No, he doesn't just not file suit. His letters demand damages. He is not doing this out of the kindness of his heart.

Yeah, but the thing is, if I write you a letter saying "your place is out of compliance because your parking spaces aren't painted, and I want $5000 or I'll sue you," and you write back a letter saying, "Thanks for your kind letter. We repainted the spaces this morning. Incidentally, go fark yourself," then I can't sue you. I can demand all the money I want in my letter, but if the problem is fixed by the time I file the suit, then there's no triable issue for the court.


What state do you live in? Most small-claims cases I've seen absolutely go forward even if the error is corrected in the interim. The issue is not whether the problem has been corrected, it is whether the problem existed at the time of the suit.

So if your hypothetical extortionist/lawyer took a picture of the faded lines, then it doesn't matter if the owner painted them the next week. At the time of filing, the problem existed, therefore, there IS a triable issue of fact. The issue is whether or not the extortionist/lawyer was harmed by the lack of compliance on the day in question, not whether things got fixed since then.

By your logic, it would be possible for anyone to avoid a suit by fixing the problem that started it: Oh, yes, our airplanes were deficient at the time of the crash, but we've repaired all the remaining planes in the interim, so your suit has no merit.
 
2012-09-30 04:06:22 PM  

feckingmorons: The compliance is not what he is suing about, the damage to himself is why he is suing.


The sad thing is that, in America, inconvenience = damage.

And damage = $$.

And $$ = free speech.

So, by inconveniencing this man, clearly this business was just using their right to free speech. Ergo, their rights are being violated!

/okay, I'm PERFECTLY FINE with a lawyer taking this idea and running with it
 
2012-09-30 04:09:34 PM  

Theaetetus: feckingmorons: Theaetetus: feckingmorons: Theaetetus: And when you get a letter, you see if he's right - just like if the cops told you to paint the lines, and you'd see if they were right - and if he is, you repaint your lines. Bam, no lawsuit. The suit was the result of his "pff, I'm not going to repaint. I mean, what are you going to do? Take me to court?"

No, he doesn't just not file suit. His letters demand damages. He is not doing this out of the kindness of his heart.

Yeah, but the thing is, if I write you a letter saying "your place is out of compliance because your parking spaces aren't painted, and I want $5000 or I'll sue you," and you write back a letter saying, "Thanks for your kind letter. We repainted the spaces this morning. Incidentally, go fark yourself," then I can't sue you. I can demand all the money I want in my letter, but if the problem is fixed by the time I file the suit, then there's no triable issue for the court.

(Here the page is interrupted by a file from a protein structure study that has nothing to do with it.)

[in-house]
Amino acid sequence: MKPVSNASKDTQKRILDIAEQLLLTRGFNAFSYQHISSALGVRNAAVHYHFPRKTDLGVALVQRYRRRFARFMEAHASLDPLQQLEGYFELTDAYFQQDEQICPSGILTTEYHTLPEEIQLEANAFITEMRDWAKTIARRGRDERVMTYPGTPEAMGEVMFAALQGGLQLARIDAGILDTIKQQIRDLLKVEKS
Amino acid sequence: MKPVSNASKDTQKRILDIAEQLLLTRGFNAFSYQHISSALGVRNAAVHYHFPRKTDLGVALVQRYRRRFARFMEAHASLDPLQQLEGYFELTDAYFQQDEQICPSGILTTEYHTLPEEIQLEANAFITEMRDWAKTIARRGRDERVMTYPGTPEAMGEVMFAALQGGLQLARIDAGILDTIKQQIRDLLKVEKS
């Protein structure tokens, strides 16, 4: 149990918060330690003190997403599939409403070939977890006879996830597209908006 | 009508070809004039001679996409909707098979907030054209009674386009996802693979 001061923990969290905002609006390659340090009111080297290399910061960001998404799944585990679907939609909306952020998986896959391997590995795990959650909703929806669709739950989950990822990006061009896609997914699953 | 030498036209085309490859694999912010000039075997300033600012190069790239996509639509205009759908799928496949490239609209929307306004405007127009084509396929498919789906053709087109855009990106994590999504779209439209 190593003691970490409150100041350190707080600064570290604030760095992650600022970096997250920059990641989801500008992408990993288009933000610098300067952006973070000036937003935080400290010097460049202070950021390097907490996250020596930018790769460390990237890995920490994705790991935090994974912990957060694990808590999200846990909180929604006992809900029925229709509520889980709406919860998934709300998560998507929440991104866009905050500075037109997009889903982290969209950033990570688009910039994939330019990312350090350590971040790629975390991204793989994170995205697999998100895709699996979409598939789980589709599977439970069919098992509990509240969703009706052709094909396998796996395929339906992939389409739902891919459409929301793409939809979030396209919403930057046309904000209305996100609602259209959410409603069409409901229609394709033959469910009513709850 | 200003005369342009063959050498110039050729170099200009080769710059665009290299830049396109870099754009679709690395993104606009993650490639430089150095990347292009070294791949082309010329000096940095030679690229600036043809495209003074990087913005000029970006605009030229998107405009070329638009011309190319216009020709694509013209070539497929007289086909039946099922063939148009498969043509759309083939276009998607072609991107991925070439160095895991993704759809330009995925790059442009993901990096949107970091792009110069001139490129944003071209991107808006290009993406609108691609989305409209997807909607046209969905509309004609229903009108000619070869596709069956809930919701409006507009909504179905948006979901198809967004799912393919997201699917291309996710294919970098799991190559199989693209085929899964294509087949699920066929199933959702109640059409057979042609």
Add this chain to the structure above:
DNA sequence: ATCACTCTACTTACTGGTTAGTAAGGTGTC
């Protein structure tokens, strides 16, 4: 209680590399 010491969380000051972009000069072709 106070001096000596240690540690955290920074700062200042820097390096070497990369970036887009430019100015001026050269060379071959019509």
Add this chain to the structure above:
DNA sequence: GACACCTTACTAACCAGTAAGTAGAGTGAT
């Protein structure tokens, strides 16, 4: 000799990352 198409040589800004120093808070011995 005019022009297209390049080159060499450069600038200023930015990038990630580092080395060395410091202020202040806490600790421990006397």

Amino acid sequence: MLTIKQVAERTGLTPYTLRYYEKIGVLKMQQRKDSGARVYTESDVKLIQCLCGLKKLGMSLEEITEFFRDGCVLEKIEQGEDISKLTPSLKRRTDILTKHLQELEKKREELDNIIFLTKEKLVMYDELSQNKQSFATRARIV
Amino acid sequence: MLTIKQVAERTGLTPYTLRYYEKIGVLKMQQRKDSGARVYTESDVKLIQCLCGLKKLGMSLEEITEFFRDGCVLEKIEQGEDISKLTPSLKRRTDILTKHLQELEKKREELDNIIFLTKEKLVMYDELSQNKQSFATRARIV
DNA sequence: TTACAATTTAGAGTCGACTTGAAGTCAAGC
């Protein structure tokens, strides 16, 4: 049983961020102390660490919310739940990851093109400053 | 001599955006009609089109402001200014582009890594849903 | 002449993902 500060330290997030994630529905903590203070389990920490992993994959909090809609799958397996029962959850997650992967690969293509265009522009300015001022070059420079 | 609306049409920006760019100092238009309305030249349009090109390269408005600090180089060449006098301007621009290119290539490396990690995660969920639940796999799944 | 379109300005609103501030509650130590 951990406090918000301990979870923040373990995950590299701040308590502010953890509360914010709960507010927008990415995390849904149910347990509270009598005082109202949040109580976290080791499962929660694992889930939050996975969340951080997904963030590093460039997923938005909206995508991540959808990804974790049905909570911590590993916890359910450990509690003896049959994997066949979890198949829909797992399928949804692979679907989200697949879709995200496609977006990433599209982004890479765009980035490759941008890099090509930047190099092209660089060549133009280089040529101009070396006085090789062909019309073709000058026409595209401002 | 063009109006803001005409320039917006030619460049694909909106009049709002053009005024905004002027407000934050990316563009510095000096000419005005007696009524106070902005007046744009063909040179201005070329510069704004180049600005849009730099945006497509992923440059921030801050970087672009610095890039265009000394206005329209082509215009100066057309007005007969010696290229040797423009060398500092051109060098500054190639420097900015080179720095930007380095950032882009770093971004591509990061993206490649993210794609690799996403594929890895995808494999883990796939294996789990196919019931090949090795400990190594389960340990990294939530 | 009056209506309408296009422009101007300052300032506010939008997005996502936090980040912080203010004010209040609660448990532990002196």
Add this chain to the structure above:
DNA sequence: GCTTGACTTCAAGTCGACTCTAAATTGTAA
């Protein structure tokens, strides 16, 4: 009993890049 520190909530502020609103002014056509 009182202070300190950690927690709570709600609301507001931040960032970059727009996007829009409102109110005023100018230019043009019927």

Of course he can sue. He claims that by being out of compliance you've damaged him. Those damages don't go away simply because you've come into compliance.

It's no longer an ADA claim. If the business didn't have notice, and once they had notice, they immediately fixed the issue, then the ADA wouldn't apply. Instead, he'd have to be claiming that their violation was so egregious that they couldn't possibly have thought they were legal - like, the hall to the bathroom was lined with spinning blades.


There is also the question of it actually being an issue. The shyster can claim that anything is wrong and that that the business is out of compliance when in fact they are. We all know the safe harbor provision. Lets use the light switch example I used earlier.

If he goes in and measures the light switches and they are 49 inches off the ground and he send the letter he may be completely off base because they remodeled in 2001 and the ADA then specified 51 inches so they are exempt because of the safe harbor provisions. He is still demanding money, and since they tell him to pound sand he will sue and they have to defend that.

I own two small businesses and I'd defend myself vigorously against this clown, but I'm also an attorney and I could do it myself. (Actually I'd probably hire someone but I have the luxury of not being in such bad economic straits as the gentlemen from the restaurant instant).

/all my facilities are in compliance with applicable law and regulation.
//except for fire extinguishers I have about 3x as many as needed. I am obsessive about fire extinguishers.
 
2012-09-30 04:10:04 PM  

Satanic_Hamster: AssAsInAssassin: basemetal: I wonder if that attorney gets shown this sign a lot, because if he came in my business, I'd point it out to him and tell him to leave.

[www.genericsubject.com image 400x290]

You have no such right. Ever hear of the Civil Rights Act?

Which has what to do with this?

You can't legally refuse service to all black people.

But you CAN refuse service to Bob Smith the Attorney because of his reputation.


Sure, you CAN, but you'd be breaking the law.

Link
 
2012-09-30 04:10:58 PM